Teachers Spreading Love in the Classroom

Teachers aroud the world ae trying to spread the love to their pupils. Here are four ways this has happened in the USA.

In the amount of time teachers have with kids, they’re expected to help their students learn and prepare them for the coming years. But many go the extra mile to make sure their students also feel welcomed, accepted and heard.

Some teachers have done this with inspiring songs. Others have used messages of support to fight back against the recent spate of hate crimes and hateful political rhetoric targeted at marginalized communities. Inspired by these acts, HuffPost Parents reached out to teachers (both former and current) across the country to learn what they’re doing or what they have done to help their students.

Here are 14 teachers on how they spread love in the classroom:

1. “When we see a kid being kind to others … or being a helper we give them a pom pom and they get to drop it in the warm and fuzzy jar.”

I’m a preschool teacher and myself and the other preschool teachers have created a “warm and fuzzy jar” and we talk about being kind with friends and with ourselves. When we see a kid being kind to others, being gentle with their bodies (walking inside, not hitting themselves, etc.), or being a helper we give them a pom pom and they get to drop it in the warm and fuzzy jar. When our jar is full we get to celebrate and the kids get to work together to choose what our goal will be (wear pajamas to school, extra outside time, making popcorn). As teachers we all were affected by this election, and it really lit a fire in us to make sure the children are as kind and accepting as can be.
― Krista Mashburn, a preschool teacher in Arcata, California

2. “We go around the circle and say a compliment to the person sitting on your left.”

I teach music to students ages 4 to 15 in a rural public school. Many of my students lack strong verbal communication skills, so we practice through songs and activities. One class opener my first- and second-grade students love is the “Compliment Circle.” It’s simple ― at the beginning of class, we go around the circle and say a compliment to the person sitting on your left. It’s amazing to see the tension melt off a 7-year-old’s face with a simple, “You’re nice to me in class,” or “I like your shoes.” To be seen and appreciated for their choices ― it’s so important for kids, but we can lose sight in the pressure of lesson planning, test scores and data.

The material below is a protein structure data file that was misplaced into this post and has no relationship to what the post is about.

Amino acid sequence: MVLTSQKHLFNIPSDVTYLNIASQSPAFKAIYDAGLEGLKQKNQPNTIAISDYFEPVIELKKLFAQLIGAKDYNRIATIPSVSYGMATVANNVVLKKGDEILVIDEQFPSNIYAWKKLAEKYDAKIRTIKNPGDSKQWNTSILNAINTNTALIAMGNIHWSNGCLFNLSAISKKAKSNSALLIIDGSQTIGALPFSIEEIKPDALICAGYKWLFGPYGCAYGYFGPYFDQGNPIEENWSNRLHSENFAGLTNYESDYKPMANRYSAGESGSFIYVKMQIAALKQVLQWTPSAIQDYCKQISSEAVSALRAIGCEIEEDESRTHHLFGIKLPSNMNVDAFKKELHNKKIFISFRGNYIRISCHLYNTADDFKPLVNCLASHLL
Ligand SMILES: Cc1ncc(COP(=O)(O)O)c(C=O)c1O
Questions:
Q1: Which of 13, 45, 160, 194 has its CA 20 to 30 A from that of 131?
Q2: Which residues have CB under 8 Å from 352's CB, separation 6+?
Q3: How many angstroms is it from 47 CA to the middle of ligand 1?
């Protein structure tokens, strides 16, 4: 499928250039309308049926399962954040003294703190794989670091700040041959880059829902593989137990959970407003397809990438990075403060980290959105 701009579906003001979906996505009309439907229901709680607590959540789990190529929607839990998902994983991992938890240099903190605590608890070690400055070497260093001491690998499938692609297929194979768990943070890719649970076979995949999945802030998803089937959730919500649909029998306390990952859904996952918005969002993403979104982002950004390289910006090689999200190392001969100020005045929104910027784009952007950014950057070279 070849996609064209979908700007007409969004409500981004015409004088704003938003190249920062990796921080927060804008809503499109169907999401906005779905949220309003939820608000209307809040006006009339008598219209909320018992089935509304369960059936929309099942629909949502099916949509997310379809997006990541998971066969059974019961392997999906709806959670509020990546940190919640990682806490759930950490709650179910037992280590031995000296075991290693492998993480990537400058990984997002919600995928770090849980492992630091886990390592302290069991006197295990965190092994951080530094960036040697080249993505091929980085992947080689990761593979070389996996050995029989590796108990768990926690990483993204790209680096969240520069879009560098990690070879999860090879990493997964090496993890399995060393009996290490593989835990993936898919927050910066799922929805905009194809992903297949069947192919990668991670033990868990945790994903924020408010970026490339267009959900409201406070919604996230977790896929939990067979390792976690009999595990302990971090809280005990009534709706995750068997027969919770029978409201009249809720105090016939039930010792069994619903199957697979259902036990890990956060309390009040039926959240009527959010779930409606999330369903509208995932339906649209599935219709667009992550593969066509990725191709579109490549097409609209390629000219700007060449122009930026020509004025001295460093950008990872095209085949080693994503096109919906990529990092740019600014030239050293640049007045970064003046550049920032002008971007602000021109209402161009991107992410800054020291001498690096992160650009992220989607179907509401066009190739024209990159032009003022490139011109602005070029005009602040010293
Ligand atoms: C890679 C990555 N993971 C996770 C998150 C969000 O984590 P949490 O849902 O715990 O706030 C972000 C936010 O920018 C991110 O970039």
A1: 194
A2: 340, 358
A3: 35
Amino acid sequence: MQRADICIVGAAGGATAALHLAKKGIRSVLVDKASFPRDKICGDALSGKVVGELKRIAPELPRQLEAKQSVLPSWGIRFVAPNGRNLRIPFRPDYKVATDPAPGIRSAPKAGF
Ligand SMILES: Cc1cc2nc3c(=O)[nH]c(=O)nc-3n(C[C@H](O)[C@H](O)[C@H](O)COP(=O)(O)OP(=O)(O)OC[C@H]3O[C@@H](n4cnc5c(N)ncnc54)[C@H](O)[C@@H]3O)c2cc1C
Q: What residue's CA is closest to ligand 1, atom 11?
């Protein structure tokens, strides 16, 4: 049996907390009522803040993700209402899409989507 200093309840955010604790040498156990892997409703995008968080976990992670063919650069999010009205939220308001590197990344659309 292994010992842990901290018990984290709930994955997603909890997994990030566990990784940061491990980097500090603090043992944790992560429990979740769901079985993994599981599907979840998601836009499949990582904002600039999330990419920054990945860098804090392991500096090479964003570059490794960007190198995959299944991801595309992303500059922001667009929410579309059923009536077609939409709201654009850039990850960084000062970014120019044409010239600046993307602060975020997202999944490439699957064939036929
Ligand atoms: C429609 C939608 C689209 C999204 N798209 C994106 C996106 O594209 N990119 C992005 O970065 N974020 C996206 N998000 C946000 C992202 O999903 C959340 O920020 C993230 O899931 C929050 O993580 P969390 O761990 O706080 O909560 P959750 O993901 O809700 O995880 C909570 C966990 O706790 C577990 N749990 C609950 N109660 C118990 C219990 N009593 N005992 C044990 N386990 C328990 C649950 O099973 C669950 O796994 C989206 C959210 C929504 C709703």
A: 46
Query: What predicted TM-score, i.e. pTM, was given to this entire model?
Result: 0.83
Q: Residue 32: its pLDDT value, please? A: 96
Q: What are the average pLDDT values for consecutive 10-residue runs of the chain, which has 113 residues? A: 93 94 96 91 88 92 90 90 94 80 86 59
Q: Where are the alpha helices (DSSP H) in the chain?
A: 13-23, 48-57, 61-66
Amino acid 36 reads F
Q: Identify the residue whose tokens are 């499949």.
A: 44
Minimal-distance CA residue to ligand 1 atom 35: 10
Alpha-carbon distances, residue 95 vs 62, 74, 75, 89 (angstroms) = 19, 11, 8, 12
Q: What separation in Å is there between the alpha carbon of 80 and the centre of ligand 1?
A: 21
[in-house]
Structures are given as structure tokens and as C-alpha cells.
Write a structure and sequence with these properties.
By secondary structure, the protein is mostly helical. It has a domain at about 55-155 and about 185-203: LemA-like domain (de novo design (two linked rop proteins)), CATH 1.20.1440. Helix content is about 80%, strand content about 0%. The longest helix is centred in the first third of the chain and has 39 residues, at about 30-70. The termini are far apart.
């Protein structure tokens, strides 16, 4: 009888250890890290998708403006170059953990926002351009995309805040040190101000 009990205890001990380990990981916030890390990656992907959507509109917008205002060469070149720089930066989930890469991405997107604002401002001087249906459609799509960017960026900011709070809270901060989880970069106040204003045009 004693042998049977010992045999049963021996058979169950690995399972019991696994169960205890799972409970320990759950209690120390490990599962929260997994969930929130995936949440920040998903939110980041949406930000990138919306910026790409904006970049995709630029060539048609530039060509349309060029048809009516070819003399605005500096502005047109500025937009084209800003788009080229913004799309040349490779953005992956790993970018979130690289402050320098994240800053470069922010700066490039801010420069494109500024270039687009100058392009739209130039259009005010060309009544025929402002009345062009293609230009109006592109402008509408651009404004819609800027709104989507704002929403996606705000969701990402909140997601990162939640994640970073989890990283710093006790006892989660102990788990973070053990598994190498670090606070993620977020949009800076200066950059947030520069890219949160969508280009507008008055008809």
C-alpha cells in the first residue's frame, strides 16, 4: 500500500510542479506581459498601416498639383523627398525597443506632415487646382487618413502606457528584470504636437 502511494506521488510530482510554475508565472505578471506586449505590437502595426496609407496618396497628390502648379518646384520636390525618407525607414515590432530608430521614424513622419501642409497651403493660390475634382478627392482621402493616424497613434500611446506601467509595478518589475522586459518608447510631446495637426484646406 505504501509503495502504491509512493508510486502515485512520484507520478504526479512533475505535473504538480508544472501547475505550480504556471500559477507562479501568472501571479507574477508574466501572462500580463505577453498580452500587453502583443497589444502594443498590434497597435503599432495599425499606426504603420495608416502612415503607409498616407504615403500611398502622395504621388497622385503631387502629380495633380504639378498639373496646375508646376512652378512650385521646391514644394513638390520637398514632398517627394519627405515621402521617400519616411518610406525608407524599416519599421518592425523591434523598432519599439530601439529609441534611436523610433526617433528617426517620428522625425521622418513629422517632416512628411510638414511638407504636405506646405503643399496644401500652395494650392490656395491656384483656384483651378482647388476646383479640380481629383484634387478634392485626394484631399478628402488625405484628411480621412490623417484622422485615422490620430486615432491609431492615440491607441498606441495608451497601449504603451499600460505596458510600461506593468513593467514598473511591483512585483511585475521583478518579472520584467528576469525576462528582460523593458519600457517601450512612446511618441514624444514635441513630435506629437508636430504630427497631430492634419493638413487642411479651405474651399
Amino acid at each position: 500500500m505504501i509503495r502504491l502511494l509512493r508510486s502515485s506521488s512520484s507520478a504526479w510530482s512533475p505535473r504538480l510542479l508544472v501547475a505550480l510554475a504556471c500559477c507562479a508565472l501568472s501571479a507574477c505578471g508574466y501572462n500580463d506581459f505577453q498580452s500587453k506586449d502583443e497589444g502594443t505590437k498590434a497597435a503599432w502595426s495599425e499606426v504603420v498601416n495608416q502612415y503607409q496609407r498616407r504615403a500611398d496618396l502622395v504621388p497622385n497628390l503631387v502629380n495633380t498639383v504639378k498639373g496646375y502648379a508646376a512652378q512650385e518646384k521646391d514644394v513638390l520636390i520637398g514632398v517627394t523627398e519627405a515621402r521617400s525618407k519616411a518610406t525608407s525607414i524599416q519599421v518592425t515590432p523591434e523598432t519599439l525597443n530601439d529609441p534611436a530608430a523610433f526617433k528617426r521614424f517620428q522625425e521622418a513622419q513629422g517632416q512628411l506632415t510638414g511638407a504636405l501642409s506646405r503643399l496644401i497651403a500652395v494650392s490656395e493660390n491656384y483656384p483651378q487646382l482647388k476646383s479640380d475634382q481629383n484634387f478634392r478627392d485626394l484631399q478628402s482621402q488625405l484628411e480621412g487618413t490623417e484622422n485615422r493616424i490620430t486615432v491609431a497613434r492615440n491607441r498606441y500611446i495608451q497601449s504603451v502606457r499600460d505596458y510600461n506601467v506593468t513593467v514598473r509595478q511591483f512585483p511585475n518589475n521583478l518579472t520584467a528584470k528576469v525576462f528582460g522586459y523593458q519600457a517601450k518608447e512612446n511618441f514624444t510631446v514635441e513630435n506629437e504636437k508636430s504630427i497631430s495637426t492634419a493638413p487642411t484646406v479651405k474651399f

― Camille Loomis, a public school teacher in Clarksdale, Mississippi

3. “[I got the class involved in] a fun activity while teaching teamwork and patience with the other person.”

During one activity, the students sat with their back to the white board and their classmates were able to surround them with messages. I didn’t place any stipulations on the messages and the students wrote very positive characteristics of that person or compliments, even with people they don’t necessarily get along with. Many students were anxious about sitting there without being able to see what was being written or by whom. In the end when the student turned around to read their board, many became emotional. One student said, “I’ve never felt more a part of a group, I didn’t know you guys even liked me.” This was definitely successful in giving students a confidence boost and spreading love to students that normally keep to themselves.

A second activity I used was a fun teamwork game called “Sole Mates.” Each student chose a partner and had to work together in any position they could come up with as long as their two shoe soles were together at all times. I then challenged them to race from one side of the room to the other. This was a fun activity while teaching teamwork and patience with the other person.
― Kristin Harris, ninth-grade history and humanities teacher in Phoenix

4. “As a man teaching a rigorous science (physics), I felt it was important to be emotionally expressive.”

It’s been a couple years since I taught full time. I have always believed learning requires emotion. The idea that your mind will become invested in a subject that you have no emotional connection to was always absurd to me. I used to spend the first five to 10 minutes of class just talking to the students. I used their thoughts to form the day’s theme, recurring joke or compelling problem to emotionally connect with content. I was reprimanded for not teaching content bell-to-bell, despite demonstrating the efficacy of my methods.

I taught high school, and I found it important to model “adult” behavior. As a man teaching a rigorous science (physics), I felt it was important to be emotionally expressive. I loved my students and told them so. I loved hard problems, good questions and clever solutions, so I would get excited and emote as visibly as possible. When kids appeared upset or distracted, I’d ask if they were OK, but respected boundaries if they didn’t want to talk to me. I let the students engage with my emotions as a model for being open about feelings. In short, I was openly human to my students, which let them know my expectation of them: Be yourself, it’s safe here, we’re all human.
― David Galatzer-Levy, who has taught many levels of education, though most of his work involved teaching 10th- to 12th-grade physics and mathematics in Fall River, Massachusetts

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